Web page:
What is the significance of this strange item on the pedestrian footbridge in downtown Northfield?

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There is something significant about this item attached to the railing on the pedestrian footbridge over the Cannon River.

If you can guess or even come up with a plausible explanation, there could be something good that will happen to you, according to those with whom I’m authorized to speak.

Update Mar. 16, 7 am: Here are the details of today’s Celebration, courtesy of Jim O’Bonhnhoff:

St. Patricks Celebration 2013

3 comments to What is the significance of this strange item on the pedestrian footbridge in downtown Northfield?

  • 1
    Tim Madigan says:

    Easy, it is a Leprechaun sticking his tongue out from a Tuatha de Danann underworld portal, as a St Patrick’s Day greeting to Northfield! Playful little guys.

  • 2
    Jim Pokorney says:

    While Tim has a terrific imagination well suited for a city manager who has to sit through many a long meeting, let me set the historical record straight.

    I’m pretty sure the stone came to the Cannon River Valley centuries ago with Irish nobleman Cormac McCarthy (builder of Blarney Castle). McCarthy was on a covert mission into Minnesota circa 1354 with Norwegian explorer Paul Knutson.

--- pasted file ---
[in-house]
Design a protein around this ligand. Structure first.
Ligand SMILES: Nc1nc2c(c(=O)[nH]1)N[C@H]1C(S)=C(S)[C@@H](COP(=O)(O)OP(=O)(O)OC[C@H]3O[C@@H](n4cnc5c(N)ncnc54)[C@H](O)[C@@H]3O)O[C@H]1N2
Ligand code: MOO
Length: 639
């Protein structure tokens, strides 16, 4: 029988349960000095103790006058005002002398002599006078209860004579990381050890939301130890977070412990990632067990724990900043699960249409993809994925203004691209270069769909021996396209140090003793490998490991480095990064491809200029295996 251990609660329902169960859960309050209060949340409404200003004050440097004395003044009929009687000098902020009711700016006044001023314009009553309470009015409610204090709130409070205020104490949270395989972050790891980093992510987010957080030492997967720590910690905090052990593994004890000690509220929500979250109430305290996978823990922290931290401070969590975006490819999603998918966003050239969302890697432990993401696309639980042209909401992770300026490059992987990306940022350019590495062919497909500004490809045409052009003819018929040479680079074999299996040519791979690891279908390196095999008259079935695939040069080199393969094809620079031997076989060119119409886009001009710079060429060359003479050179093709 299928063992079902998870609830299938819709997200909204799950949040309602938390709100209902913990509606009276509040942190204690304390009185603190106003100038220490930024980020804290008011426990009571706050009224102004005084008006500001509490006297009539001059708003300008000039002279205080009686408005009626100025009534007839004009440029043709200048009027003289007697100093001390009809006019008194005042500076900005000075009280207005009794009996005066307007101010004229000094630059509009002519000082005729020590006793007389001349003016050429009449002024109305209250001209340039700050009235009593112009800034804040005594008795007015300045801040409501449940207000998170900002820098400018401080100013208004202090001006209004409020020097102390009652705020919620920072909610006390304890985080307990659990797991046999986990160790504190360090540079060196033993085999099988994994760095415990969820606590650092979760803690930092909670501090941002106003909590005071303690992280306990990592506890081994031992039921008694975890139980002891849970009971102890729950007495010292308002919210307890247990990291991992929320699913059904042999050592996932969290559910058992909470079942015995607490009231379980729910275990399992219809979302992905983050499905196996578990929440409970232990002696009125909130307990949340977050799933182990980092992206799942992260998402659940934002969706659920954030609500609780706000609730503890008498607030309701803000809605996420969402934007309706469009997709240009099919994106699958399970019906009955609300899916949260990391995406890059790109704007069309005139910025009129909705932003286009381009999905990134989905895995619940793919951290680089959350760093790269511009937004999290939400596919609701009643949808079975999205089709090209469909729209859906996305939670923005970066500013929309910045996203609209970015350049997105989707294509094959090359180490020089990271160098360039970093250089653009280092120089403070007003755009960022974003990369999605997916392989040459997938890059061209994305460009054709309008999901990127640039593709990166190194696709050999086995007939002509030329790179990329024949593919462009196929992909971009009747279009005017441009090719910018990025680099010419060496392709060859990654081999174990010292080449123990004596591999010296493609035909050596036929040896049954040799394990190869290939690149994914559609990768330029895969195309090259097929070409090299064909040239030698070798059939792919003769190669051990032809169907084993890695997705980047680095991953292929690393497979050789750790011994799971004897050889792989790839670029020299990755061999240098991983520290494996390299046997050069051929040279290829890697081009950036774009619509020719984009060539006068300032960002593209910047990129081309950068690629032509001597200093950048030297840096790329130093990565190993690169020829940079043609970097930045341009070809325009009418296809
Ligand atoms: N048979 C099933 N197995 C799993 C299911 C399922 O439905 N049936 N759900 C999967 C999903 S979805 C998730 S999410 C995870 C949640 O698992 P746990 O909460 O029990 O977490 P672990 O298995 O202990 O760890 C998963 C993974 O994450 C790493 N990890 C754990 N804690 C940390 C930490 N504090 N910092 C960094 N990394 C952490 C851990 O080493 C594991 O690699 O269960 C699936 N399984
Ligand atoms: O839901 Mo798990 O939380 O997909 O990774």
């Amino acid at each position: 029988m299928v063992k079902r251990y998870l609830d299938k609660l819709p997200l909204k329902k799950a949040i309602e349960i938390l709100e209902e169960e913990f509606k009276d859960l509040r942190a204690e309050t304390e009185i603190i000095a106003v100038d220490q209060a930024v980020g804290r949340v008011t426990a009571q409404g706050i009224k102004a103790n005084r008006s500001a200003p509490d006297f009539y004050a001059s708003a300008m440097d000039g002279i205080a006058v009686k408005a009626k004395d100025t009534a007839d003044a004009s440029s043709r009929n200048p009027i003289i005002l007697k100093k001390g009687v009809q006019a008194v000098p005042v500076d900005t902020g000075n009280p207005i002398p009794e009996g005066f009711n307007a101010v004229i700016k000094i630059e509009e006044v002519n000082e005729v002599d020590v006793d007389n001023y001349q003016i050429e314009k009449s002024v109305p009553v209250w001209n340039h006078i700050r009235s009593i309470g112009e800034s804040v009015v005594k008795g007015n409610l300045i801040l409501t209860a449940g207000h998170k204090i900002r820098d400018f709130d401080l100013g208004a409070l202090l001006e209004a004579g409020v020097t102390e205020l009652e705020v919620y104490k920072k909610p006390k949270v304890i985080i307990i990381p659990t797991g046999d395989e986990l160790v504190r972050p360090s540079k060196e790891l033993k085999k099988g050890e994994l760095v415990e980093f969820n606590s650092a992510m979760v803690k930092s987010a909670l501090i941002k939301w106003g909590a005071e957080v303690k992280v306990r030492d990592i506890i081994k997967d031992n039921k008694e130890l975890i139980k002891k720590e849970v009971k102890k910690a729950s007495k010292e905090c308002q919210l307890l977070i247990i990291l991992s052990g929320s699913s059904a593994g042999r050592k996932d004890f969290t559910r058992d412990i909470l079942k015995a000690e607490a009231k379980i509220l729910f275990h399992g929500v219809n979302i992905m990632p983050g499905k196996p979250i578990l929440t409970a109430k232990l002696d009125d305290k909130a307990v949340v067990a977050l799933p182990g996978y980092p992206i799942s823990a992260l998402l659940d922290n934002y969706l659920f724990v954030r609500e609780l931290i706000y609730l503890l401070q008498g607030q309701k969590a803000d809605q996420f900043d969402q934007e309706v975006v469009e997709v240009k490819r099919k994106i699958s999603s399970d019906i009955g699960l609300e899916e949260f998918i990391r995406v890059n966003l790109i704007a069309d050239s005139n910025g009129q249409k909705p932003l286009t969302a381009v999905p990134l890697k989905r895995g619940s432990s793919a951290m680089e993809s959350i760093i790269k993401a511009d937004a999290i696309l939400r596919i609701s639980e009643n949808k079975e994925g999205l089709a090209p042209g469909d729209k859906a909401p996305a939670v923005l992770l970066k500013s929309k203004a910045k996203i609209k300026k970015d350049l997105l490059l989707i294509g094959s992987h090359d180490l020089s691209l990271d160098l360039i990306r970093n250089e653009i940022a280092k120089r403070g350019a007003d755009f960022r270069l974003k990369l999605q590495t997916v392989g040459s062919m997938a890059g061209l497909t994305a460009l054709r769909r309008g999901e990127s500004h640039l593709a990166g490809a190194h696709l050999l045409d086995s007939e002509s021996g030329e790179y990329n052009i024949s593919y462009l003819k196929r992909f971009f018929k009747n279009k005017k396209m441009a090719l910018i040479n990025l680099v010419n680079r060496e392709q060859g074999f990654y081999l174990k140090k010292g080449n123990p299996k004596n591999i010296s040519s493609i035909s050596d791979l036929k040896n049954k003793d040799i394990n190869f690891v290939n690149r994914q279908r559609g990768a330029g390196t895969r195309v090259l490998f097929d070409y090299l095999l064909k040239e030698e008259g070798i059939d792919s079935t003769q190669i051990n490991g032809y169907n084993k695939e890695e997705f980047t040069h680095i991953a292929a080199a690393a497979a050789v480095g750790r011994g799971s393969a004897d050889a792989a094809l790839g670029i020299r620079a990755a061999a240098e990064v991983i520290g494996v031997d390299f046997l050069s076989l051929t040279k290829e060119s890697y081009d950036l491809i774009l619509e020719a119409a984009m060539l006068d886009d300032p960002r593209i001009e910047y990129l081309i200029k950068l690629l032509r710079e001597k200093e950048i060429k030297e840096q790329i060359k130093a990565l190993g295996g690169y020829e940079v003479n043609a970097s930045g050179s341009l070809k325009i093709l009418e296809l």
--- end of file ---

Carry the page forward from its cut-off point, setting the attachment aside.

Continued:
Historical references suggest McCarthy brought this piece of the original Blarney Stone with him to provide a bit of “Irish Luck” as he and Paul traversed through the new world. For reasons unknown, Irish scholars believe Cormac left the magical stone for safe keeping with his fellow Irish companion Malton O’Meal who settled near the current site of Northfield. Leaving a stone was not an uncommon occurrence for these early explorers. It is equally well known that later in their journey, Knutson left the Kensington Runestone in central Minnesota. What O’Meal did with the blarneystone is an unknown part of the story, suffice it to say it most assuredly brought good luck to all who touched it until somehow it was lost or misplaced.

    Fast forward 678 years. In a stroke of Irish luck, last year about this time the stone was discovered in Kevin O’Connell’s backyard by his Irish dog Finnegan. The eerily effervescent green stone mysteriously disappeared the following evening only to reappear on the pedestrian bridge the morning of March 17, 2012 -- like it had been there for centuries providing luck to all who believe.

    Lore has it that if you rub the Northfield Blarneystone during the St. Patrick’s Day Walking Parade this Saturday (starts at 2 pm / Basil’s parking lot), you will have good luck for the entire year until next year’s parade.

    Historical Source

  • 3
    Griff Wigley says:

    I’ve added a poster with the details of today’s St. Patrick’s Day Celebration, courtesy of Jim O’Bonhnhoff.

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